Wednesday, July 18, 2007

Lab Gourmet

Technically, this post is cheating, a shortcut. It is the product of cross-pollination (or cross-contamination?) of two blogs. I recently wrote a food-centric post for my science-y blog and I think it may fit well here. You are about to get a glimpse of the true depths of my dork-hood.



I spend an inordinate amount of time thinking about food. Eating food, cooking food, foraging for food, reading and writing about food are always at the front of my mind. I consider going to restaurants a full-blown hobby (and a most excellent occupation). Since I spend the majority of my waking hours in a laboratory, a lot of my food day dreaming has no choice but take place in a lab. Many may be disturbed by the combination of lab and food. In reality, labs are full of edibles – you just have to look closely to find them.

- The most obvious lab food items are seaweed extracts such as agar and sodium alginate. The former is prized by vegans as an animal product-free Jell-O alternative, while the latter has been elevated to new heights by Ferran Adria, chef of El Bulli, one of the best-known restaurants in the world. Adria uses sodium alginate to create liquid pea ravioli, in which a thin membrane encloses a sphere of bright green pea soup. The bubble bursts in the mouth, releasing the soup and all of its glorious flavor in one big gush.

- We use 5% milk to block Western blots. It is ordinary, reconstituted non-fat dried milk, whatever brand happens to be sold in bulk at Costco. Milk in itself is not terribly appealing, however, one of the labs I rotated in used autoclaved milk for storing HSV plaque picks (why, I have absolutely no idea). Autoclaving milk turns it a beautiful light caramel color. Does autoclaved milk taste slightly bitter and sweet, like burnt sugar, or is it simply burnt? I had to exhibit considerable self control not to tip some out into my cupped hand and try a sip. I would have done, if it wasn’t for the disgusted and perplexed stares shot my way when I mentioned it.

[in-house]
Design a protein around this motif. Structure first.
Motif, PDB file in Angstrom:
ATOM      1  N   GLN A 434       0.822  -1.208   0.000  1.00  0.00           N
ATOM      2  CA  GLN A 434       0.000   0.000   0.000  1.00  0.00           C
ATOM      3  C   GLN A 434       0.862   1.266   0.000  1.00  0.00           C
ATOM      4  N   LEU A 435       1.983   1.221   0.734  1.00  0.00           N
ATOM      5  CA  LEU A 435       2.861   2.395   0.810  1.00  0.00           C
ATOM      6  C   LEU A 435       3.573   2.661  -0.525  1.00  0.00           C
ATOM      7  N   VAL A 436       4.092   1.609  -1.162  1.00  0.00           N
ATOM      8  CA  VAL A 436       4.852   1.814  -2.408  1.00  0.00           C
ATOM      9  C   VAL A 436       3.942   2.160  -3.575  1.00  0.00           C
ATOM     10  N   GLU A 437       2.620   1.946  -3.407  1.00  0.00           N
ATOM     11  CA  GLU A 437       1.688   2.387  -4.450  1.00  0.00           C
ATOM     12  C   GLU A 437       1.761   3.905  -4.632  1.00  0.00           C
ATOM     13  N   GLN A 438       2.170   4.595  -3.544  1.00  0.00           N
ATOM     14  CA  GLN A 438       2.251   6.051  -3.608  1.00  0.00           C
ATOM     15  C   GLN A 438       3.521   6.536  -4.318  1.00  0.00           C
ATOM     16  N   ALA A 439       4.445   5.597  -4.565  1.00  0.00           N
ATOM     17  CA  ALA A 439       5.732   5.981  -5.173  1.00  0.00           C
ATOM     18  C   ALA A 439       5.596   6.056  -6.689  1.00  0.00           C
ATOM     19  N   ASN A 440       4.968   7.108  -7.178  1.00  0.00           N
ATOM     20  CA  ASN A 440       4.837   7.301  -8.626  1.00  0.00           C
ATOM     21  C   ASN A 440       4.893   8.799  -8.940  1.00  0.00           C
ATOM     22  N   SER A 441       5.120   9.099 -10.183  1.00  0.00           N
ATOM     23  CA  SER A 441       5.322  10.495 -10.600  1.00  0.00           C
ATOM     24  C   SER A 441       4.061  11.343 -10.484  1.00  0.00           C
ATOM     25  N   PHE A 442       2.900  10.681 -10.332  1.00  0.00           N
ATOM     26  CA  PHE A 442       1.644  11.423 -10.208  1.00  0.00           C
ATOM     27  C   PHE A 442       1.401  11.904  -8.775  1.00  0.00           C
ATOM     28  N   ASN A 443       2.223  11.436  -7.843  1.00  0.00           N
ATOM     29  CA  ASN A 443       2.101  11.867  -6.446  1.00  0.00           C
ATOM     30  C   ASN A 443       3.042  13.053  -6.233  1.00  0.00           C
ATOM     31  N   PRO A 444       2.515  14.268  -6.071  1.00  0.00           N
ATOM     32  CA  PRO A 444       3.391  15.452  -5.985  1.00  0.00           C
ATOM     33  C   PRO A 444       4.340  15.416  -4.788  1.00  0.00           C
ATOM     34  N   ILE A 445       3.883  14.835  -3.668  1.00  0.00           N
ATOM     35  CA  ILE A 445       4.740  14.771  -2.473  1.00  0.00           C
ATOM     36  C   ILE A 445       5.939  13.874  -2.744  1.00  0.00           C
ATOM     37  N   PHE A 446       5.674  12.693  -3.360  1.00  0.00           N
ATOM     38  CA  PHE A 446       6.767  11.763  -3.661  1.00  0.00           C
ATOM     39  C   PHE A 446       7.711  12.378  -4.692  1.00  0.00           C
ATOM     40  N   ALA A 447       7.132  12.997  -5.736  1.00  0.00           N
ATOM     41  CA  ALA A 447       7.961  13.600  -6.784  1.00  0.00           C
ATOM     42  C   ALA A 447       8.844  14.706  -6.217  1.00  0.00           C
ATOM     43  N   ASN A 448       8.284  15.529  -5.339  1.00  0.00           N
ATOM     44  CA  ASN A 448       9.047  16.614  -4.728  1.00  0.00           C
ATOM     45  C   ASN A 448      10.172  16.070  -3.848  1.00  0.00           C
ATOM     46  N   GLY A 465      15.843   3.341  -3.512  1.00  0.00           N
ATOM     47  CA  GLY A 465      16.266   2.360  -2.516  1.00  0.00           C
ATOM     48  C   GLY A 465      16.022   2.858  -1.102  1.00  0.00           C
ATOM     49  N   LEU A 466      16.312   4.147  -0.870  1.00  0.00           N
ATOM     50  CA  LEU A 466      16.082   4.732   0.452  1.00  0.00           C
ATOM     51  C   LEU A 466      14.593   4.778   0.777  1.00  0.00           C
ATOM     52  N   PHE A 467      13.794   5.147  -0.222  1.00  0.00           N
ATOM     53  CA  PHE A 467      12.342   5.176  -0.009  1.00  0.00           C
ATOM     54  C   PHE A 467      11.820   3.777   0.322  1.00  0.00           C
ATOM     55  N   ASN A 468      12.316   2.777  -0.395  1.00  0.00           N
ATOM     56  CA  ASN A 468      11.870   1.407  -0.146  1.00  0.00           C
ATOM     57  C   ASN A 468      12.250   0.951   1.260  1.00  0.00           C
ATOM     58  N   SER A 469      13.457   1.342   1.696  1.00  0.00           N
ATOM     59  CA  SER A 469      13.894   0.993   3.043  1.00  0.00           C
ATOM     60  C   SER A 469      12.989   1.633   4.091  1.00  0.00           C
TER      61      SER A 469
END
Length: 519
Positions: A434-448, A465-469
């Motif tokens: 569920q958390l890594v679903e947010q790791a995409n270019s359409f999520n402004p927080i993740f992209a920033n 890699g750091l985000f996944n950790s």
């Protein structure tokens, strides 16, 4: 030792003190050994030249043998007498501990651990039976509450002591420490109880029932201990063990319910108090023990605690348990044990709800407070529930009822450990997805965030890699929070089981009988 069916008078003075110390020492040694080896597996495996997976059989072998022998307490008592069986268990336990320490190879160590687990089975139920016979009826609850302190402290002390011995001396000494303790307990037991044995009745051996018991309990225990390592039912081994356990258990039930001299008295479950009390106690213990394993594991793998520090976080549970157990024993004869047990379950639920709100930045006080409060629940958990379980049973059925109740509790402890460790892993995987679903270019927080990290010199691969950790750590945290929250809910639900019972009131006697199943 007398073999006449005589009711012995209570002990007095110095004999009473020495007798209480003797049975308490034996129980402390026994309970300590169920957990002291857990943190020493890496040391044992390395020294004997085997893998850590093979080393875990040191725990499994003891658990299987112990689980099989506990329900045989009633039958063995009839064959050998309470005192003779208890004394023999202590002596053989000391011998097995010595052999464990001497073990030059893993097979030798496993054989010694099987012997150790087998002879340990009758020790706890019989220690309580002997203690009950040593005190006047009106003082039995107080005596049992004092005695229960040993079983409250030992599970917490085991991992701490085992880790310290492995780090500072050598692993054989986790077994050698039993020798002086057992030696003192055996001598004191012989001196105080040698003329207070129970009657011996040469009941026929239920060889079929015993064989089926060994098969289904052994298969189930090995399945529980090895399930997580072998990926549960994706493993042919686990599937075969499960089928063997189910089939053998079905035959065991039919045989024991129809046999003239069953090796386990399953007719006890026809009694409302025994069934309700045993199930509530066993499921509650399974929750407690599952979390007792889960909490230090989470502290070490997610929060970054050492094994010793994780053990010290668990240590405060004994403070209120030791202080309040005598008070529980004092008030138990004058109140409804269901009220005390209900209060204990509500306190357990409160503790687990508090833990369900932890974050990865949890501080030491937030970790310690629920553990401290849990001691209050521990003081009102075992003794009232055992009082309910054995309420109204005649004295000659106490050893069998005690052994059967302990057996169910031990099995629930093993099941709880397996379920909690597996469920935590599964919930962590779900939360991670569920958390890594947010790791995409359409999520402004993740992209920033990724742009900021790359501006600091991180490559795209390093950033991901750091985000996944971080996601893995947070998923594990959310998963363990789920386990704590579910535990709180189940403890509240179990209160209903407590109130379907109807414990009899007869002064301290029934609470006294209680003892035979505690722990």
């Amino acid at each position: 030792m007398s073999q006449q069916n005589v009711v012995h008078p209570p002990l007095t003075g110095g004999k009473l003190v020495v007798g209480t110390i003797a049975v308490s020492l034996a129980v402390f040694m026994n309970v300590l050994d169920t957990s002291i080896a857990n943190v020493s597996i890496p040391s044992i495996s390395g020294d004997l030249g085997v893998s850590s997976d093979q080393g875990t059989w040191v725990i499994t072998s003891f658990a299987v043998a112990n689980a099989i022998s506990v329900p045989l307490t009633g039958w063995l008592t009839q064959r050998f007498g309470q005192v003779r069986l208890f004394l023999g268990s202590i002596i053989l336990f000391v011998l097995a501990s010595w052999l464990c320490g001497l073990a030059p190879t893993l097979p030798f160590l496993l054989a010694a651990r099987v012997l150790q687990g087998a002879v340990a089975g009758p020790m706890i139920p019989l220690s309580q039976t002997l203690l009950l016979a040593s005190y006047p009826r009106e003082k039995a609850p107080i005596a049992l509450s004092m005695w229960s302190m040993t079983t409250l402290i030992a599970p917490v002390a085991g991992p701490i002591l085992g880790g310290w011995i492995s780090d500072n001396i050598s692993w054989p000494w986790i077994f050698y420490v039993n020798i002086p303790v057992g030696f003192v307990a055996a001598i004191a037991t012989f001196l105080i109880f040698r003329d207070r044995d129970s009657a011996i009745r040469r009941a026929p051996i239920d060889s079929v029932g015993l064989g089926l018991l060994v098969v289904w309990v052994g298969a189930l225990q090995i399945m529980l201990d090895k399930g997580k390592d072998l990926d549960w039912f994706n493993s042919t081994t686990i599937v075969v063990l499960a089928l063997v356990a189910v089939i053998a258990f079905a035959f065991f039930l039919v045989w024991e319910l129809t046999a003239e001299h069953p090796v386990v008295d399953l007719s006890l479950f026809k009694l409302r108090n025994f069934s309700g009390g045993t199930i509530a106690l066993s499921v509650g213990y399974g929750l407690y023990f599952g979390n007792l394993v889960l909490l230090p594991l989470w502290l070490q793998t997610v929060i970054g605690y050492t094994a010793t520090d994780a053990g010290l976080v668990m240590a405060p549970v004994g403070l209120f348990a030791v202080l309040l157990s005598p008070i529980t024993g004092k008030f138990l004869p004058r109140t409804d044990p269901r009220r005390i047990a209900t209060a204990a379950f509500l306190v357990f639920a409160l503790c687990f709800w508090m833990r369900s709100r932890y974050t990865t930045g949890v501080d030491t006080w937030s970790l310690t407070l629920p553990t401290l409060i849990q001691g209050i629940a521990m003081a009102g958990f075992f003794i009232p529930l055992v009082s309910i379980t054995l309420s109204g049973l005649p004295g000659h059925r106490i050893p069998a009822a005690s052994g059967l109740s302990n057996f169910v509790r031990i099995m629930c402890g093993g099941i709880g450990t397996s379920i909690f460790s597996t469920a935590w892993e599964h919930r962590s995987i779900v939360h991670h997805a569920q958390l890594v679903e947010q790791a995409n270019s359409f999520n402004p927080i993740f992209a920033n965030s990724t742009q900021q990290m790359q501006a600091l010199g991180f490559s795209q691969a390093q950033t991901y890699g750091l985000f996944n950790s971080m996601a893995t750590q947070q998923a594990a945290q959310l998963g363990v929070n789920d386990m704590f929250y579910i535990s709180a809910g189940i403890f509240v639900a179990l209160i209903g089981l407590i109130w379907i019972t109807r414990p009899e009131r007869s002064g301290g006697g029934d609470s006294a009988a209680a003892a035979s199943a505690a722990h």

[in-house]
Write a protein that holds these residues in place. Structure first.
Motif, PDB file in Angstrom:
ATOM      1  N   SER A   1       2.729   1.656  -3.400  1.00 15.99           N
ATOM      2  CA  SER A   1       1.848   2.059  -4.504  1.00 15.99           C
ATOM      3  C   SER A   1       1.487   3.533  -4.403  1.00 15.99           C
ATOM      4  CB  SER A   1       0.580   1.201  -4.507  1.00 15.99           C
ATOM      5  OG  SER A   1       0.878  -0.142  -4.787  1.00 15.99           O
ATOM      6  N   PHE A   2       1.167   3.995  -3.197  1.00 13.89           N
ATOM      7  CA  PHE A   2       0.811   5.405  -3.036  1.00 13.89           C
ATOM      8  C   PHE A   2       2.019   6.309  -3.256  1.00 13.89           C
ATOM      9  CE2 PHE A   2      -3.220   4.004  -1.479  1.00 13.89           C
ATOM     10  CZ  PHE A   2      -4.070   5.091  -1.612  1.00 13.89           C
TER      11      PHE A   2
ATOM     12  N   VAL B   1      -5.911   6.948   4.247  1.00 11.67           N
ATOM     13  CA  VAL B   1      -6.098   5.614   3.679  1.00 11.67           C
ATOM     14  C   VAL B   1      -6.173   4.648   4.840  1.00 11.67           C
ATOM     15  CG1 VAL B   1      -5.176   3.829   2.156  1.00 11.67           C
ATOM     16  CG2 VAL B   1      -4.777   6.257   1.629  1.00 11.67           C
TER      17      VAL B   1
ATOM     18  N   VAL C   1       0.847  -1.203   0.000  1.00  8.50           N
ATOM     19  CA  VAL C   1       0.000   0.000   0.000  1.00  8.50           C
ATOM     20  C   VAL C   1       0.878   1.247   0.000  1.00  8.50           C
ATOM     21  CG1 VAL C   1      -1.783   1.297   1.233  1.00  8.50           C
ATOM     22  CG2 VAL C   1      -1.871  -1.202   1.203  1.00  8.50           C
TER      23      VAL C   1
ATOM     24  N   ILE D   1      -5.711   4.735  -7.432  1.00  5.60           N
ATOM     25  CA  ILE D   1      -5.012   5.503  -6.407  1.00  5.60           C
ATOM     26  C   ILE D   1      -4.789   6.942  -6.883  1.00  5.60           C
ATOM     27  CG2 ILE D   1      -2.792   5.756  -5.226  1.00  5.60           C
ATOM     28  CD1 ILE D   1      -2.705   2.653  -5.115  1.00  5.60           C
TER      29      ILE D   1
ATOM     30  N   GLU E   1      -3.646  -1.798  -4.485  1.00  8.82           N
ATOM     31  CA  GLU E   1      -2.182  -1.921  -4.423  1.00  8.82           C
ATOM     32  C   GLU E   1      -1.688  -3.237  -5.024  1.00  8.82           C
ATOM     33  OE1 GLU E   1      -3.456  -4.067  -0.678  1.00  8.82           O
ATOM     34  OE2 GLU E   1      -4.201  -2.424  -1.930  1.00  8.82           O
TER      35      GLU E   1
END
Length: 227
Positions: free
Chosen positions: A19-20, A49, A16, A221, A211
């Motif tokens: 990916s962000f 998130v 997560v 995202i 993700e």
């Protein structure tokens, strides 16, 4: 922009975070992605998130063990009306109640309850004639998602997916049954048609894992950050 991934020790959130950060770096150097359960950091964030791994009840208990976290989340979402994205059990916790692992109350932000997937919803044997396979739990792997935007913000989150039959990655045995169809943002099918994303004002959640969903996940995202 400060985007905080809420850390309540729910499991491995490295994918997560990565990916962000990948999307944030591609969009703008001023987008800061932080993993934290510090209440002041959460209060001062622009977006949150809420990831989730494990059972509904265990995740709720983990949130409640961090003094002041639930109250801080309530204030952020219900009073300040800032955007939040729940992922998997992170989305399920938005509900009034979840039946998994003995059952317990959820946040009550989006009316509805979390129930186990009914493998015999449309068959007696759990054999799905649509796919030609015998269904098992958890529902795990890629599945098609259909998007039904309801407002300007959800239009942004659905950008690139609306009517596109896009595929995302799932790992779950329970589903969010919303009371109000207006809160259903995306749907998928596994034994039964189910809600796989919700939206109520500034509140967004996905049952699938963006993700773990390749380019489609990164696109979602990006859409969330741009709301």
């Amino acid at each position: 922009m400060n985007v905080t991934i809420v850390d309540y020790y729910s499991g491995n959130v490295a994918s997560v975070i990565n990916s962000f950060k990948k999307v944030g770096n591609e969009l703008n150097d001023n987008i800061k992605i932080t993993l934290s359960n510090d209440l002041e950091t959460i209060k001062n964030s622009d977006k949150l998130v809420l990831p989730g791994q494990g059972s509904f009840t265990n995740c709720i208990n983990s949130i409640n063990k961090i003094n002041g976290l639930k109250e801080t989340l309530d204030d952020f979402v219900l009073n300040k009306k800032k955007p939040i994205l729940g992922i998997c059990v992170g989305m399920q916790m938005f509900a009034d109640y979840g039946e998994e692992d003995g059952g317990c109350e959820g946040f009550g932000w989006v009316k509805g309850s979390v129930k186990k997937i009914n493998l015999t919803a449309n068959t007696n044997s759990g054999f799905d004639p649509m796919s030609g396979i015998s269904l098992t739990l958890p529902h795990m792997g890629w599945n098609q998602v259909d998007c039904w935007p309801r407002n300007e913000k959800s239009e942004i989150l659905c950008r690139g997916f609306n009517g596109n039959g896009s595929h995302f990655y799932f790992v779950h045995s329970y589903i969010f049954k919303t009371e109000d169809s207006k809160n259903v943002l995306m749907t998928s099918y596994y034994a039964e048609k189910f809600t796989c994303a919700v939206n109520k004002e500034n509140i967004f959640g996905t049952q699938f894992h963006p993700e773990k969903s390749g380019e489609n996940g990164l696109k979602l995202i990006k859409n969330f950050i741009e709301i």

- Bottles of ultra pure PCR-grade water line a shelf in my lab. Would be the best, cleanest and crispest tasting water of all time, putting Poland Spring and Evian to shame? Likely not since its deionized, but it calls to me nonetheless.

- I, on multiple occasions, have gazed longingly at a giant jug of purified caffeine sitting on the dry chemical shelf. Enough said.



That’s all I can think of at the moment. Have I missed anything? What other food-related items are found in labs? I promise not to tell the radioactivity surveyor.

7 comments:

JC said...

No, you can't be a blog-mixer!

j/k

We used DI water in the plant where I used to work, and at the moment I can't remember the horrible things that were said to happen to someone who would dare to drink the stuff. I do rememebr how they always told us in high school chemistry about how they put phenolpthaline (sp?)(supposedly a strong laxative) into the ethanol so us tricky kids wouldn't be tempted to drink it.

aimee said...